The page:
Creating "Software" Timers in your program.
Sometimes a (high) number of different timed activities has to be performed, e.g. creation of timeouts for expected events.
Since the number of timers in a PIC is limited, the trick is to use one hardware timer and derive a number of SW timers from it.
The SW timers will of course always have a longer "time" than the HW timer.
2. How to do it?
One hardware timer has to be used to be able to derive SW timers from it. The HW timer has to run fast enough for the fastest SW timer you want to create, e.g. 1000Hz (one millisecond).
The HW timer will use its interrupt to update the SW timers.
For every software timer you need 2 variables: a "flag" signalling the SW timer has expired and a "timer" counter.
In the HW timer interrupt routine the SW timers are decremented (on the HW timer frequency) until they reach zero, in which case the expiration "Flag"
will be set.
In the main program loop SW timers can be started by giving a non zero value to the "Timer"(counter) variable.
Expiration of a SW timer can be tested by testing its "Flag" (and resetting it of course).
b. The SW timer variables
var Flag1, Flag2, Flag3, ... : boolean; // Signalling flag "GLOBAL" variables (declared outside any procedure or function)
// You should give more meaningfull names to the signalling flags!
var Tim1, Tim2, Tim3, ... : byte; // The variables that will function as SW timer registers
c. The timer interrupt routine
if TimerX.InterruptFlag = 1 then // replace this name by the real name of the timer interrupt flag you use
TimerX.InterruptFlag = 0; // reset the timer interrupt flag before returning from the interrupt service routine. (do not forget).
// update SW timer 1
if Tim1 > 0 then
dec(Tim1); // decrement counter
if Tim1 = 0 then Flag1 := true; // timer has expired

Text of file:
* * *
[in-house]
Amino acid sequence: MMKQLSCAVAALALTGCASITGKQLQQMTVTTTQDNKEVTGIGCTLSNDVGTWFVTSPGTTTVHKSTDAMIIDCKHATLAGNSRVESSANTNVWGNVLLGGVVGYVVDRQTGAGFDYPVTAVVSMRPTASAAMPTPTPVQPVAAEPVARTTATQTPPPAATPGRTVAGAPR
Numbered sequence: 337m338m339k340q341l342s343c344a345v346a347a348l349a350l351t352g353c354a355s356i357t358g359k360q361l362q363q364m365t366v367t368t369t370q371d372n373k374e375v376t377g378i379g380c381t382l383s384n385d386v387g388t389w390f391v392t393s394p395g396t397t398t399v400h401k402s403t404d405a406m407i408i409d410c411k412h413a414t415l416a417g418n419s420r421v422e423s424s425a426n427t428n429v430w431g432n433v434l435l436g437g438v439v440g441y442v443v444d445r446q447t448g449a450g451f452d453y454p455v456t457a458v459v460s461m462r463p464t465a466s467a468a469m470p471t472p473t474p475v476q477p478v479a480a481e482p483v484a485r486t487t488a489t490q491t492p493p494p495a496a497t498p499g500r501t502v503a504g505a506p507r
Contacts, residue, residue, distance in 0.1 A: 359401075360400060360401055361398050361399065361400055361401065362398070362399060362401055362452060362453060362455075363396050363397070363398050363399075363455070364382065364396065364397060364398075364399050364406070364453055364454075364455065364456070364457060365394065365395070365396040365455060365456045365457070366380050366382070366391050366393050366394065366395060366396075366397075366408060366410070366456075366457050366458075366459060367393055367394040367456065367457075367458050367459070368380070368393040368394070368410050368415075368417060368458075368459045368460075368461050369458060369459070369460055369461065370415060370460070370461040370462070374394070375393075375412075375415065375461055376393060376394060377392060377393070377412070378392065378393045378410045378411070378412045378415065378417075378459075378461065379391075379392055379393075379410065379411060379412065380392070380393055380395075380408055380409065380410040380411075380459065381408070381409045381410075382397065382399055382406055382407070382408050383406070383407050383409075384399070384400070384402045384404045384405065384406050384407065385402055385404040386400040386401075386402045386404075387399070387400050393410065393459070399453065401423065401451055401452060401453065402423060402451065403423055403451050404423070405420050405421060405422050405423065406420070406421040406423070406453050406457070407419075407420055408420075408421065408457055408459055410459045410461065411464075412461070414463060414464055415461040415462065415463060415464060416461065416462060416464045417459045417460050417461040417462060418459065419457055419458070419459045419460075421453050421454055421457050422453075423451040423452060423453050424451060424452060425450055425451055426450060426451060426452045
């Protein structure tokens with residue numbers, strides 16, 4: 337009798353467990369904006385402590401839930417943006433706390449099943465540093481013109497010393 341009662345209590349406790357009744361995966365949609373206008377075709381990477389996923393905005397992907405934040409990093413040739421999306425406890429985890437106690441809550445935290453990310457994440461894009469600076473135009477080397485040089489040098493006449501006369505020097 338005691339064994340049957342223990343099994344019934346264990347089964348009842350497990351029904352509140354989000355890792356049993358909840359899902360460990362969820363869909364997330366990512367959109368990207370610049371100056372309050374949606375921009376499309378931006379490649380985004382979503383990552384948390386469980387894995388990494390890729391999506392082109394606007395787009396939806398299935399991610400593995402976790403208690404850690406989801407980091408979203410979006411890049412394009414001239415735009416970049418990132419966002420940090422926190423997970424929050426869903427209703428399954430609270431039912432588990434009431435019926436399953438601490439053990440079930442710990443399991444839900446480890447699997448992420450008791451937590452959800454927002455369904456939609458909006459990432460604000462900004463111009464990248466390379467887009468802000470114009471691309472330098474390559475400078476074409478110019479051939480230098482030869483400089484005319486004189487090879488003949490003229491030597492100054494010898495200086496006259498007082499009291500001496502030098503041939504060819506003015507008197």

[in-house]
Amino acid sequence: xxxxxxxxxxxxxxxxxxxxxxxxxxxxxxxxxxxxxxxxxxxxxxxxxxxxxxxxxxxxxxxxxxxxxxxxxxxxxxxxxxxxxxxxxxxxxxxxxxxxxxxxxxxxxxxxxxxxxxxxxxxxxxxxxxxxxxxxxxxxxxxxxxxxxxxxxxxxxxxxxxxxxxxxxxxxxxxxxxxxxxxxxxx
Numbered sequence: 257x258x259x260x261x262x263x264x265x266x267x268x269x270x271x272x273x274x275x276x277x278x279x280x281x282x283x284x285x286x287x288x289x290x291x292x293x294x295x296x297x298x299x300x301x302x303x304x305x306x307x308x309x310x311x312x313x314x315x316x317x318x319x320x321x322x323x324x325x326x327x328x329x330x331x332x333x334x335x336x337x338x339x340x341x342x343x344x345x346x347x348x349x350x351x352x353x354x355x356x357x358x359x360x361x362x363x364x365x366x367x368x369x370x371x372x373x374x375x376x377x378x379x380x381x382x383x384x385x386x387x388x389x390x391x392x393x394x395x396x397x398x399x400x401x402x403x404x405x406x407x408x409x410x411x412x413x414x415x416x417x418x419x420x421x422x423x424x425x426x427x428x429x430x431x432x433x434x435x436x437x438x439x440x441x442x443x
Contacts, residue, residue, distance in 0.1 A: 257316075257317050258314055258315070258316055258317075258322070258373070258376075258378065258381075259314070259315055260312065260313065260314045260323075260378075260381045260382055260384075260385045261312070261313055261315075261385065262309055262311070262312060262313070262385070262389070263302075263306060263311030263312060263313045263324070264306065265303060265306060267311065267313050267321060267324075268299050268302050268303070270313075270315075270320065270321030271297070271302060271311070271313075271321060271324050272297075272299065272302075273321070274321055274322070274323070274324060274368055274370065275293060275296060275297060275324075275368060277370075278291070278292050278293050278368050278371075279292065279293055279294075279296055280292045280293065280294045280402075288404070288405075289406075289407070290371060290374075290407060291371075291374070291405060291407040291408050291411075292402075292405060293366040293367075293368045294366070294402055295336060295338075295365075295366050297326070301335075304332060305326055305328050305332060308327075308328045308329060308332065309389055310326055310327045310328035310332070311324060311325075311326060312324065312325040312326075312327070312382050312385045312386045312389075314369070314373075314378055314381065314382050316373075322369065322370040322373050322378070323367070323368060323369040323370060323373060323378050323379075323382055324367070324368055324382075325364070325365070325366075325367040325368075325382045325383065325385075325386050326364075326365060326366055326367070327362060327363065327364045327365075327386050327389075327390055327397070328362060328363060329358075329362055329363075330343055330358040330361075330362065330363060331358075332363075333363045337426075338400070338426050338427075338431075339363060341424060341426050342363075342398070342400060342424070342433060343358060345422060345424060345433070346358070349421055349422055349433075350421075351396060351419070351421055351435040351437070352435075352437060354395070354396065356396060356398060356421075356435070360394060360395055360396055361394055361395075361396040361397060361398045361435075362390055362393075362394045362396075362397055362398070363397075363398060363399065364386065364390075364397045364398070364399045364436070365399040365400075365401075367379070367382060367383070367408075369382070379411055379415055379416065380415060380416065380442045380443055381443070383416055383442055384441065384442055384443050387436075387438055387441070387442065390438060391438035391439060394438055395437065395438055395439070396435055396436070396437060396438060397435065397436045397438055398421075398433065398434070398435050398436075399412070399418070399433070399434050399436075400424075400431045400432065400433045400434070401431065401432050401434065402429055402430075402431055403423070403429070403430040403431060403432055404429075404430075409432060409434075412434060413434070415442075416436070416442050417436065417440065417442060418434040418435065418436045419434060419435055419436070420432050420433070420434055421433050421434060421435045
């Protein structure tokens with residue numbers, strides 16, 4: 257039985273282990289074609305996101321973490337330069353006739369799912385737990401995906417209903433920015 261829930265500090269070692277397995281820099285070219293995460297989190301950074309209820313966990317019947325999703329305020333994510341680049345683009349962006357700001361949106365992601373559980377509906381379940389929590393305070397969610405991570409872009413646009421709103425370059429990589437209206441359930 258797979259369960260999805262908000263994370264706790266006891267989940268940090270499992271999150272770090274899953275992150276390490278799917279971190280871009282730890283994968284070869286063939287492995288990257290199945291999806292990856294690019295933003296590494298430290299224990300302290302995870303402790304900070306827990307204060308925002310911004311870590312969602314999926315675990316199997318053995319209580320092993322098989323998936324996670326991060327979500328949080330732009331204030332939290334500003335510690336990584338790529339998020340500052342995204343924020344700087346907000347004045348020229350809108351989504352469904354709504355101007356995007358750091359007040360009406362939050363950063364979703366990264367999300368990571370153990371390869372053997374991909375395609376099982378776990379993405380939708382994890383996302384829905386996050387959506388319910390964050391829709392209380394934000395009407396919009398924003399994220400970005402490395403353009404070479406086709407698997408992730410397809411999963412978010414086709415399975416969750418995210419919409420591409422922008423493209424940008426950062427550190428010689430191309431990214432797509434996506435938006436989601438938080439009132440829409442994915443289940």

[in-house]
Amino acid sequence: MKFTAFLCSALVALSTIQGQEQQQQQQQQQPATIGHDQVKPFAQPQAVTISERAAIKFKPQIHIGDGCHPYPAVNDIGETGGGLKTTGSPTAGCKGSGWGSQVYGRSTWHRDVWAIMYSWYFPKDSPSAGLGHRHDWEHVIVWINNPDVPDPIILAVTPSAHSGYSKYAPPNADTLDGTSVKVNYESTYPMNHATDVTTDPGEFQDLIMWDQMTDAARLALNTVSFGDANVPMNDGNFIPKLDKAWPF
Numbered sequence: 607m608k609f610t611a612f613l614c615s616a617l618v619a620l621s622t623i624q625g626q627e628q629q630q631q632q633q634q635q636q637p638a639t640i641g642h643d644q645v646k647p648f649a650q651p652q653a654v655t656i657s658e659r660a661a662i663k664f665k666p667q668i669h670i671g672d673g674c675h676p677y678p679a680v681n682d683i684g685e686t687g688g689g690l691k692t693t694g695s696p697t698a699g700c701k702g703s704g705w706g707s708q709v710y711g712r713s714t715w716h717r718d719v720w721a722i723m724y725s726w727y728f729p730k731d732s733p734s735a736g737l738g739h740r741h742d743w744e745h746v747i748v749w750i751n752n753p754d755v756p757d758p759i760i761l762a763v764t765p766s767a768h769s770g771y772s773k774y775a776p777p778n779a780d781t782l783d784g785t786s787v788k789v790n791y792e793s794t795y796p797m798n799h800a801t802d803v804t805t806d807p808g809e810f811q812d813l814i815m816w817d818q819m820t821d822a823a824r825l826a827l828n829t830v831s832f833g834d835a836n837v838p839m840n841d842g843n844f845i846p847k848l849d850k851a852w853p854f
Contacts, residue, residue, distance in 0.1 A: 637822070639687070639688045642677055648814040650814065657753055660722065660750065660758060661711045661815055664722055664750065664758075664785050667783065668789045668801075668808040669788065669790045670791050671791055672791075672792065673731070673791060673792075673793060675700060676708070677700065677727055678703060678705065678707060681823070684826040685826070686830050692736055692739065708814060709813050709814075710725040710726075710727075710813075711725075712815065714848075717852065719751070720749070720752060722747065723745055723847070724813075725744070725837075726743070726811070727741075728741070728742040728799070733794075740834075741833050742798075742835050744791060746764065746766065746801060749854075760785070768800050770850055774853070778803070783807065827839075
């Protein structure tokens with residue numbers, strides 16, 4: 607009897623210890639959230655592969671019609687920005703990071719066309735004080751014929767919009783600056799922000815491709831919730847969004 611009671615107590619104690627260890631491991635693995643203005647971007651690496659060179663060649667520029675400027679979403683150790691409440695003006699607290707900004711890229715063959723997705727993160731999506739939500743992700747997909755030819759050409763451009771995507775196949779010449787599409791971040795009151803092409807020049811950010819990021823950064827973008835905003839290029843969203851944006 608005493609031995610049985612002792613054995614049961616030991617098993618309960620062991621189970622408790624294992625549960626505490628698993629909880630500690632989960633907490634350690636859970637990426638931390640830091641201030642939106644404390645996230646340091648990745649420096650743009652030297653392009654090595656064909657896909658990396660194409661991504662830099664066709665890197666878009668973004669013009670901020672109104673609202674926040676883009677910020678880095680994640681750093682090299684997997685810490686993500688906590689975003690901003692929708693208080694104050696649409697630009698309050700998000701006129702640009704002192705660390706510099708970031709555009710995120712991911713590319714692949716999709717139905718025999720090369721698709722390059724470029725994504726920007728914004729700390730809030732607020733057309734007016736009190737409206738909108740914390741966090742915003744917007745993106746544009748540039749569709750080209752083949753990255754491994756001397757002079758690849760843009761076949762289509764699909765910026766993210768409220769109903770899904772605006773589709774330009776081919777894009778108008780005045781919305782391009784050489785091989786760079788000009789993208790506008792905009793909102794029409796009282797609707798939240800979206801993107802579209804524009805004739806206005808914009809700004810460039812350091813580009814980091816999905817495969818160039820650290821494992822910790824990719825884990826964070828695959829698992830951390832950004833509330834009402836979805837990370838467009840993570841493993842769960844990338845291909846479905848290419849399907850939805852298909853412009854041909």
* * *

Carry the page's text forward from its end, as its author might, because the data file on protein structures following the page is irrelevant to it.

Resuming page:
// update SW timer 2
if Tim2 > 0 then
dec(Tim2); // decrement counter
if Tim2 = 0 then Flag2 := true; // timer has expired
// ... etc
d. The main loop
Its task is to start the times, check the flags, to execute what should be executed, and to reset the "Flag" when it is done. So, it will look like this:
while true do begin // endless loop
// Starting of the timers
if ... then // some event occurred that needs SW timer 1 to be started up
Tim1 := 20; // start timer 1 with an expiration time of 20 times that of the HW timer
if ... then // some event occurred that needs SW timer 2 to be started up
Tim2 := 50; // start timer 2 with an expiration time of 50 times that of the HW timer
// ... etc
// Test timer expiration
if Flag1 then
Flag1 := false; // reset the flag (otherwise the actions would be executed every loop round, do not forget)
... // here come the actions to be done when SW timer 1 has expired
if Flag2 then
Flag2 := false; // reset the flag (otherwise the actions would be executed every loop round, do not forget)
... // here come the actions to be done when SW timer 2 has expired
if Flag3 then
Flag3 := false; // ...
... // ...
// ... etc
As simple as that! Again: make sure that the main loop goes round fast enough to not miss any Flag settings.
e. Program initialization
Of course, till now only the "operational" parts of the code have been shown, but there is also the program and PIC initialization to take care of.
It looks like this:
(1) Several tools have been developed to calculate the settings of timers, see Tools .
- Initialization of the "Timer" Variables to zero (stop timers)
- Initialisation of all "Flags" to false
- Setting the correct registers for the timer, so it will overflow at the desired timing rate (1)
- Enabling the timer interrupt of the timer used, the enabling of the peripheral interrupts, plus the general enabling of interrupts (if not already the case)